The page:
Scott Rothstein’s wife, others charged in money-laundering plot to sell jewelry

 

jweaver@MiamiHerald.com

When federal agents showed up at Scott Rothstein’s waterfront Fort Lauderdale home in November 2009, his wife helped them retrieve what she claimed was all the cash, jewelry and watches that he had obtained with the millions stolen through his Ponzi scheme.

And Kimberly W. Rothstein, testifying the following February in the bankruptcy case of her husband’s defunct law firm, repeated that she had turned over all of the couple’s jewelry to authorities.

But as it turned out, Rothstein’s wife was hiding more than a bauble or two. Among the missing jewelry, prosecutors say: a 12.08-carat yellow diamond ring.

On Thursday, Kimberly Rothstein, 38, was charged along with her civil lawyer, Scott F. Saidel, 45, and her friend, Stacie Weisman, 49, with plotting to hide and sell more than $1 million worth of jewelry, watches and coins before IRS agents seized Scott Rothstein’s assets.

The three defendants were charged in federal court with money-laundering conspiracy, obstruction of justice and tampering with a witness: Scott Rothstein himself. The way the three were charged, via a document called an “information,’’ means they are likely to plead guilty in the near future.

Rothstein is serving a 50-year sentence after pleading guilty in early 2010 to racketeering and other fraud charges involving the sale of purported legal settlements to investors from Florida to New York. Eight other people, including employees of his former law firm, have been convicted on charges related to his $1.2 billion fraud scheme, among the largest in Florida history.

Kimberly Rothstein’s defense attorney, David Tucker, issued a statement Thursday saying while she was not aware of her husband’s “fraudulent activity” in the past, “she takes full responsibility for her actions in regard to the charge filed today.”

Weisman’s attorney, Alvin Entin, said his client came to know Kimberly Rothstein through Fort Lauderdale charity circles.

“She was trying to help a friend in need,” Entin said. “She has taken responsibility for her actions and done everything she could to set things right.”

Saidel, a Boca Raton lawyer, could not be reached for comment.

Prosecutors said that by concealing the valuable jewelry, the three defendants prevented Internal Revenue Service agents from confiscating the property when they searched Rothstein’s Mediterranean-style mansion.

His wife and Weisman are accused of selling some of the jewelry, including to Eddy Marin and Patrick Daoud, a longtime jeweler in Fort Lauderdale. Both were indicted on separate charges Thursday.

Kimberly Rothstein, Weisman and Saidel are also accused of seeking to have Scott Rothstein lie during his deposition in a related civil bankruptcy proceeding involving his defunct law firm, Rothstein Rosenfeldt & Adler.

All five defendants are charged with obstruction of justice for allegedly concealing the true location of certain items of jewelry during the bankruptcy proceeding to prevent the law firm’s trustee from recovering them for victims of Rothstein’s racket. As part of his punishment in the criminal case, Rothstein was ordered to pay about $370 million in restitution.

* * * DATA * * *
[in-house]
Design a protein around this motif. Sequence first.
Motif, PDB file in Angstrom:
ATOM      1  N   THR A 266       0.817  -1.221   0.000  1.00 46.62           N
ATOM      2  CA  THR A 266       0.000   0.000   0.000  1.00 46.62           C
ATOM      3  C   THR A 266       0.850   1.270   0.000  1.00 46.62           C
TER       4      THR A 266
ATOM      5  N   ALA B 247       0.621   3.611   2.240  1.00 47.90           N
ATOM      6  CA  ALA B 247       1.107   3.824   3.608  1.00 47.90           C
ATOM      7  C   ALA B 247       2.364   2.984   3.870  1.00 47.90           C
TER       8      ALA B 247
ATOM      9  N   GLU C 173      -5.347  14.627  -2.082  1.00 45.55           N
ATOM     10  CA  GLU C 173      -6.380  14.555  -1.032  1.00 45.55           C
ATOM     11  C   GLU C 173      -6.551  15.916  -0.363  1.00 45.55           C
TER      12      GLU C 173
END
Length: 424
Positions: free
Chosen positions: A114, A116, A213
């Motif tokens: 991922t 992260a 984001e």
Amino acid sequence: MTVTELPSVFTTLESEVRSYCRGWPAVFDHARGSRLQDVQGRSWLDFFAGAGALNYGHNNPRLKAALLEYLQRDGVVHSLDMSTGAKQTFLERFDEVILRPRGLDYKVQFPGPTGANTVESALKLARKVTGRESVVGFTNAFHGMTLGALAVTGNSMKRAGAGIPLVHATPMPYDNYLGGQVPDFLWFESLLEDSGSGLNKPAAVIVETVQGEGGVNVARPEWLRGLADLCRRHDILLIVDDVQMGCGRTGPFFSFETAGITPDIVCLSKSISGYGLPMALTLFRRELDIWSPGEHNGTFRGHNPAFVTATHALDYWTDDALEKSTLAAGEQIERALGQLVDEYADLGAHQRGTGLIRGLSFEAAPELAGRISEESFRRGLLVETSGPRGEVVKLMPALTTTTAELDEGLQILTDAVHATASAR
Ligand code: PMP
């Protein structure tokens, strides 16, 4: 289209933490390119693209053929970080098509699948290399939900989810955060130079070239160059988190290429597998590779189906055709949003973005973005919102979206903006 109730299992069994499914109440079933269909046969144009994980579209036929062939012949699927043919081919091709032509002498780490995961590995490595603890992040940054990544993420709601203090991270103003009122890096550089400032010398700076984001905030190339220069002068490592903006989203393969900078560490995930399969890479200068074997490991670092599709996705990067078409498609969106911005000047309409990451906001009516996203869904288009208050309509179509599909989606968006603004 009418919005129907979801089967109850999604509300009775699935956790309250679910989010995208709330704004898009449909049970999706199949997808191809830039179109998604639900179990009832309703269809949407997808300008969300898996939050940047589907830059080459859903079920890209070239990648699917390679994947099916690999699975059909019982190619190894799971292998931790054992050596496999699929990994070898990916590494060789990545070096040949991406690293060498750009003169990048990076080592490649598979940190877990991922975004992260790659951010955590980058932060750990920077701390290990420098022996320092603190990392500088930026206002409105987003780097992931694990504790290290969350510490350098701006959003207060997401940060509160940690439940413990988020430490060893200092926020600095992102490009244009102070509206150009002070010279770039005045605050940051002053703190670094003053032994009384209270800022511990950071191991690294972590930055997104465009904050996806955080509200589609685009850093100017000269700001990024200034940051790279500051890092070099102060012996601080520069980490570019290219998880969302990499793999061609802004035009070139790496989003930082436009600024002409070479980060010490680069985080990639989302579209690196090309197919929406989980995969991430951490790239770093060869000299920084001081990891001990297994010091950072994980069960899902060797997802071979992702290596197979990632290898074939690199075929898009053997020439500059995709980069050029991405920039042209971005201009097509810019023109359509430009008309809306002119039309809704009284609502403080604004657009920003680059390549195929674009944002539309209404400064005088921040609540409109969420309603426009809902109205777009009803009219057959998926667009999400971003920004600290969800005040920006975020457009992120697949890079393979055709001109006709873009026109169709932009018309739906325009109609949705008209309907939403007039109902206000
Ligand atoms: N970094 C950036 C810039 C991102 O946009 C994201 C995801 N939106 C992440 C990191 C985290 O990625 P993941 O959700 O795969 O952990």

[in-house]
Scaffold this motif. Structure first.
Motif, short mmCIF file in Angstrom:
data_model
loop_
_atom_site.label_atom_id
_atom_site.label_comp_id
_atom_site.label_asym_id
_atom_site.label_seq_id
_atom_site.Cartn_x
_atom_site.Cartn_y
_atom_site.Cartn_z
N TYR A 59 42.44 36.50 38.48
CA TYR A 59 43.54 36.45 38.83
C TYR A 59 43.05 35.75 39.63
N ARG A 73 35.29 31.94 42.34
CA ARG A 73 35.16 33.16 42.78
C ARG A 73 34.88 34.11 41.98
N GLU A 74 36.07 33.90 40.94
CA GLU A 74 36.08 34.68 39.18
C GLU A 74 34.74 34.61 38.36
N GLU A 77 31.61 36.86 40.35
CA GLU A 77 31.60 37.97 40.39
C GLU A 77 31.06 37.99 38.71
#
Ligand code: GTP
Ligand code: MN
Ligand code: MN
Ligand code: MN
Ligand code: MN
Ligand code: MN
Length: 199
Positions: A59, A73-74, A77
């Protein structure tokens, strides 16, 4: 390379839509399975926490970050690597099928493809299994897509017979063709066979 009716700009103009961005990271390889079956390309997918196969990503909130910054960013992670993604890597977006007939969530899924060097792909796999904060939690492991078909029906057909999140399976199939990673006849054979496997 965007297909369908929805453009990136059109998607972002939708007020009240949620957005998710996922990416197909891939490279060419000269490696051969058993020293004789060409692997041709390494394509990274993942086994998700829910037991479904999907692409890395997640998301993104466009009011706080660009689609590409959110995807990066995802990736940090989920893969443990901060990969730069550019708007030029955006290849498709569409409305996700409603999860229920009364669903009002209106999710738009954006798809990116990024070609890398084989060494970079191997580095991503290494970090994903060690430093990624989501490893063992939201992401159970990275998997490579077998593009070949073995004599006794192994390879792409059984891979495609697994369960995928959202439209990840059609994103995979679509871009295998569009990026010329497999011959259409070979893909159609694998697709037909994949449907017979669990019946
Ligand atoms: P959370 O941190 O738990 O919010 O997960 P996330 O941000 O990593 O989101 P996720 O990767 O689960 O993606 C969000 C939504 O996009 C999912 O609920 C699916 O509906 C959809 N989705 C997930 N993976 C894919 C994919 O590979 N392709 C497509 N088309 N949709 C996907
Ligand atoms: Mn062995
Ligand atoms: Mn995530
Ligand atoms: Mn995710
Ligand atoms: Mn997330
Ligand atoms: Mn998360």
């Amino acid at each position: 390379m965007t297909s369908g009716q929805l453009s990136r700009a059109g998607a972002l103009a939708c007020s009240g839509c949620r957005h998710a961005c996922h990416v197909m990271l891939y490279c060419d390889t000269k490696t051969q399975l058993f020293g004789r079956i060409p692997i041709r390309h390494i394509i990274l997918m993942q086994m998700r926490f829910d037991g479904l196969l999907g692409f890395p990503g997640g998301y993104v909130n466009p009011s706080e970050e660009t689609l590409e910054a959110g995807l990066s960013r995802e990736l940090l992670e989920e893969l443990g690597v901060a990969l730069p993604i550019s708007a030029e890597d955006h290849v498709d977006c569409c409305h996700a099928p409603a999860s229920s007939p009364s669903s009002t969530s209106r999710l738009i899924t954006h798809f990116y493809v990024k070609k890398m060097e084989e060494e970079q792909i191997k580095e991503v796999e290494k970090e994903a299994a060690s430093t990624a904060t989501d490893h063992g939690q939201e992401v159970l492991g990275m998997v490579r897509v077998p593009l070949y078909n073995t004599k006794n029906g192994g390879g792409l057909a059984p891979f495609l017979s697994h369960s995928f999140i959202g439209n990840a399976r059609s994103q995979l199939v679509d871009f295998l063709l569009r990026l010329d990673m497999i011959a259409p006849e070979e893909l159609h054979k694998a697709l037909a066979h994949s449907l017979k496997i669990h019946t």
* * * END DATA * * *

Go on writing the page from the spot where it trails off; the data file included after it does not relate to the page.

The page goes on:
Marin, 50, and Daoud, 54, are also charged with committing perjury during depositions in the bankruptcy case.

“When a witness lies under oath or conspires to obstruct justice, the integrity of our system of justice is undermined,” U.S. Attorney Wifredo Ferrer said.

Daoud’s attorney, Fred Haddad, said his client, who owns Daoud’s Fine Jewelry, is a “pillar of the community.”

“As far as I’m concerned, he’s done nothing wrong,” Haddad said. “We’re going to trial.”

According to court records, Kimberly Rothstein gave a portion of the missing jewelry to Weisman in November 2009, before IRS agents searched her husband’s home.

They included the 12.08-carat yellow diamond ring, which Rothstein had bought for her from J.R. Dunn Jewelers in Fort Lauderdale.

Weisman showed Kimberly Rothstein’s ring to Marin, and he took a picture of it so he could try to sell it. In April 2010, Weisman gave the ring to Daoud to have it graded by the Gemological Institute of America, and sold it to him for $175,000, according to court records.

Weisman gave the proceeds to Kimberly Rothstein and Saidel.

But the plot thickened when Marin and Daoud gave depositions in the Rothstein law firm’s bankruptcy case.

Marin “falsely testified” that a dead person named Robert Fuchs had shown him the ring, according to records. Daoud also “falsely testified” that someone other than Weisman had shown him the ring and that he never possessed it. In fact, Daoud gave the ring back to Weisman after his testimony, the charges state.

To get their story straight, prosecutors say, Kimberly Rothstein, Weisman and Saidel concocted a plan to persuade Scott Rothstein to testify in the bankruptcy case that he had sold the ring to Robert Fuchs before he was incarcerated.

Weisman and Saidel told Kimberly Rothstein to meet with her husband, who has been held in an undisclosed federal prison, to advise him to deliver “false facts” in the bankruptcy case.

Charles Lichtman, a Fort Lauderdale attorney for the bankruptcy trustee, said he suspects Scott Rothstein told prosecutors about his wife’s alleged obstruction plot rather than go along with it. The reason: Rothstein is hoping to reduce his 50-year prison sentence by continuing to cooperate with authorities.

“My belief is that Scott came clean on his own accord,” Lichtman said. “In the five weeks of depositions I have sat through with him, we have yet to find an instance where he was untruthful.”

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